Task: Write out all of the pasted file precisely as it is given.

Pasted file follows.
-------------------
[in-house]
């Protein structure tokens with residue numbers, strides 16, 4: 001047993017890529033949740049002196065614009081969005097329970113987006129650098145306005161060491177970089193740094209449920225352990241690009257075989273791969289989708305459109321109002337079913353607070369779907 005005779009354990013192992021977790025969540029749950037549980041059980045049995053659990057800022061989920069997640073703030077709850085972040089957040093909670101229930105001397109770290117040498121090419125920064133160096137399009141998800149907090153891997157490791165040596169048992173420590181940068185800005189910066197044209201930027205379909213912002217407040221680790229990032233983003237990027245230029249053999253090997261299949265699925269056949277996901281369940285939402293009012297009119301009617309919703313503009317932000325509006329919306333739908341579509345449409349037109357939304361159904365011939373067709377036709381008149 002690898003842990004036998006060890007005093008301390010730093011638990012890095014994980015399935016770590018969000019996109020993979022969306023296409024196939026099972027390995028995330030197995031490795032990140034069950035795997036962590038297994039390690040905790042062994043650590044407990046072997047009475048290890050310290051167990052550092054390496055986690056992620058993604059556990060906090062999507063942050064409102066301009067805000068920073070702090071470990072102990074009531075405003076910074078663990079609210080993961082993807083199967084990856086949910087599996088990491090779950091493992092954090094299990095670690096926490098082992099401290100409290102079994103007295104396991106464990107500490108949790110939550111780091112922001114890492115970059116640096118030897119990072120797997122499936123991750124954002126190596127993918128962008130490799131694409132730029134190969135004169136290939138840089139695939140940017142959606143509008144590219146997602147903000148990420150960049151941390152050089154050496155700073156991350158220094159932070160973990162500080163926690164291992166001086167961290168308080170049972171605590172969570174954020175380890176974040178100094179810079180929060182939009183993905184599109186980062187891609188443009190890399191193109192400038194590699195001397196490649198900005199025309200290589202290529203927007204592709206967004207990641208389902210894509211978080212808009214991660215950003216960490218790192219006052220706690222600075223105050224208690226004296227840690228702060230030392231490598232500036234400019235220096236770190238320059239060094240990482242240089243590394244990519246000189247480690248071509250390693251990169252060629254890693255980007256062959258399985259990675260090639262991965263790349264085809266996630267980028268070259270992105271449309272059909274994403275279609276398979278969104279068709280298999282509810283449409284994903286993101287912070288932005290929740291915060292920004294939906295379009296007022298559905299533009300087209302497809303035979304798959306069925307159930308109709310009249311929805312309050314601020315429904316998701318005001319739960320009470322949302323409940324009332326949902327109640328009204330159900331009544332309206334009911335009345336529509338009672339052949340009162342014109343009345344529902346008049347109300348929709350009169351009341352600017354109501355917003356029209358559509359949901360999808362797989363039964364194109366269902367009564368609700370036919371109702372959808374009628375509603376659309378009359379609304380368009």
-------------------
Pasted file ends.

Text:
[in-house]
């Protein structure tokens with residue numbers, strides 16, 4: 001047993017890529033949740049002196065614009081969005097329970113987006129650098145306005161060491177970089193740094209449920225352990241690009257075989273791969289989708305459109321109002337079913353607070369779907 005005779009354990013192992021977790025969540029749950037549980041059980045049995053659990057800022061989920069997640073703030077709850085972040089957040093909670101229930105001397109770290117040498121090419125920064133160096137399009141998800149907090153891997157490791165040596169048992173420590181940068185800005189910066197044209201930027205379909213912002217407040221680790229990032233983003237990027245230029249053999253090997261299949265699925269056949277996901281369940285939402293009012297009119301009617309919703313503009317932000325509006329919306333739908341579509345449409349037109357939304361159904365011939373067709377036709381008149 002690898003842990004036998006060890007005093008301390010730093011638990012890095014994980015399935016770590018969000019996109020993979022969306023296409024196939026099972027390995028995330030197995031490795032990140034069950035795997036962590038297994039390690040905790042062994043650590044407990046072997047009475048290890050310290051167990052550092054390496055986690056992620058993604059556990060906090062999507063942050064409102066301009067805000068920073070702090071470990072102990074009531075405003076910074078663990079609210080993961082993807083199967084990856086949910087599996088990491090779950091493992092954090094299990095670690096926490098082992099401290100409290102079994103007295104396991106464990107500490108949790110939550111780091112922001114890492115970059116640096118030897119990072120797997122499936123991750124954002126190596127993918128962008130490799131694409132730029134190969135004169136290939138840089139695939140940017142959606143509008144590219146997602147903000148990420150960049151941390152050089154050496155700073156991350158220094159932070160973990162500080163926690164291992166001086167961290168308080170049972171605590172969570174954020175380890176974040178100094179810079180929060182939009183993905184599109186980062187891609188443009190890399191193109192400038194590699195001397196490649198900005199025309200290589202290529203927007204592709206967004207990641208389902210894509211978080212808009214991660215950003216960490218790192219006052220706690222600075223105050224208690226004296227840690228702060230030392231490598232500036234400019235220096236770190238320059239060094240990482242240089243590394244990519246000189247480690248071509250390693251990169252060629254890693255980007256062959258399985259990675260090639262991965263790349264085809266996630267980028268070259270992105271449309272059909274994403275279609276398979278969104279068709280298999282509810283449409284994903286993101287912070288932005290929740291915060292920004294939906295379009296007022298559905299533009300087209302497809303035979304798959306069925307159930308109709310009249311929805312309050314601020315429904316998701318005001319739960320009470322949302323409940324009332326949902327109640328009204330159900331009544332309206334009911335009345336529509338009672339052949340009162342014109343009345344529902346008049347109300348929709350009169351009341352600017354109501355917003356029209358559509359949901360999808362797989363039964364194109366269902367009564368609700370036919371109702372959808374009628375509603376659309378009359379609304380368009």